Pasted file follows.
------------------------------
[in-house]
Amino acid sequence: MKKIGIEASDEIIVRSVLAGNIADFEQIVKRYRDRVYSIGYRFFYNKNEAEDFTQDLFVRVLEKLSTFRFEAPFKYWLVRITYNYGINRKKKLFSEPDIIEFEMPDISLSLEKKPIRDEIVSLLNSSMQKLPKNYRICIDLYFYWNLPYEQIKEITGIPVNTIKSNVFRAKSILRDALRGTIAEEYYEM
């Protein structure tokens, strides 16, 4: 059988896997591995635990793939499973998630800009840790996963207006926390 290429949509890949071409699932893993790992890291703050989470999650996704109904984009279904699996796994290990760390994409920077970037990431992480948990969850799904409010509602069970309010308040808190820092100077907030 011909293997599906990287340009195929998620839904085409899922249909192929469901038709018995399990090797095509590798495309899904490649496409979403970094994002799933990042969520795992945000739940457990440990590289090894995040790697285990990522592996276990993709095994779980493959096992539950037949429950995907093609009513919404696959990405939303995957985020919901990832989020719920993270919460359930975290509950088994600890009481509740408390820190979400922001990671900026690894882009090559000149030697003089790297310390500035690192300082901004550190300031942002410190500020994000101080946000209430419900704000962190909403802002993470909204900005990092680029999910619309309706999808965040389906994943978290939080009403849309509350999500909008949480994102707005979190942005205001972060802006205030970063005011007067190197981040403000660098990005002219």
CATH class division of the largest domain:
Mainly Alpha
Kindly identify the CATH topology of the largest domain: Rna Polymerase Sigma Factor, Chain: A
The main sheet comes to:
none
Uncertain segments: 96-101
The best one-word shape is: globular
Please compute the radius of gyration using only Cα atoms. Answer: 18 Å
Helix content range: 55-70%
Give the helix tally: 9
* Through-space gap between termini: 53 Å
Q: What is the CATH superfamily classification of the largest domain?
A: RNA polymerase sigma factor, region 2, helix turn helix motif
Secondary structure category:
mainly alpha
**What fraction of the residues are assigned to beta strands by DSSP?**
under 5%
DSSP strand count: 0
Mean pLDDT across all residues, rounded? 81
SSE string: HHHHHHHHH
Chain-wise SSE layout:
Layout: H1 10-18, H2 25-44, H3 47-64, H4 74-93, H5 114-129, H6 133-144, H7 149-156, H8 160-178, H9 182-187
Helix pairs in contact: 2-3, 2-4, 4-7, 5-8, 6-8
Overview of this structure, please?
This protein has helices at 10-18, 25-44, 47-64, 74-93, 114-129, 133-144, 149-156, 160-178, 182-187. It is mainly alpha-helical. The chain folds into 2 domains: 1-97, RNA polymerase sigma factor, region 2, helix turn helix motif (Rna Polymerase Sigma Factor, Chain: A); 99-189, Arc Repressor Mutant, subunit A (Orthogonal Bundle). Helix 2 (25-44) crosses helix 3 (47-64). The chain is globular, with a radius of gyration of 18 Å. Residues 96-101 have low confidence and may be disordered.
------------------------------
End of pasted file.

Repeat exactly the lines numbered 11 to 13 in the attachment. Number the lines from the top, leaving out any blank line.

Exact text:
Please compute the radius of gyration using only Cα atoms. Answer: 18 Å
Helix content range: 55-70%
Give the helix tally: 9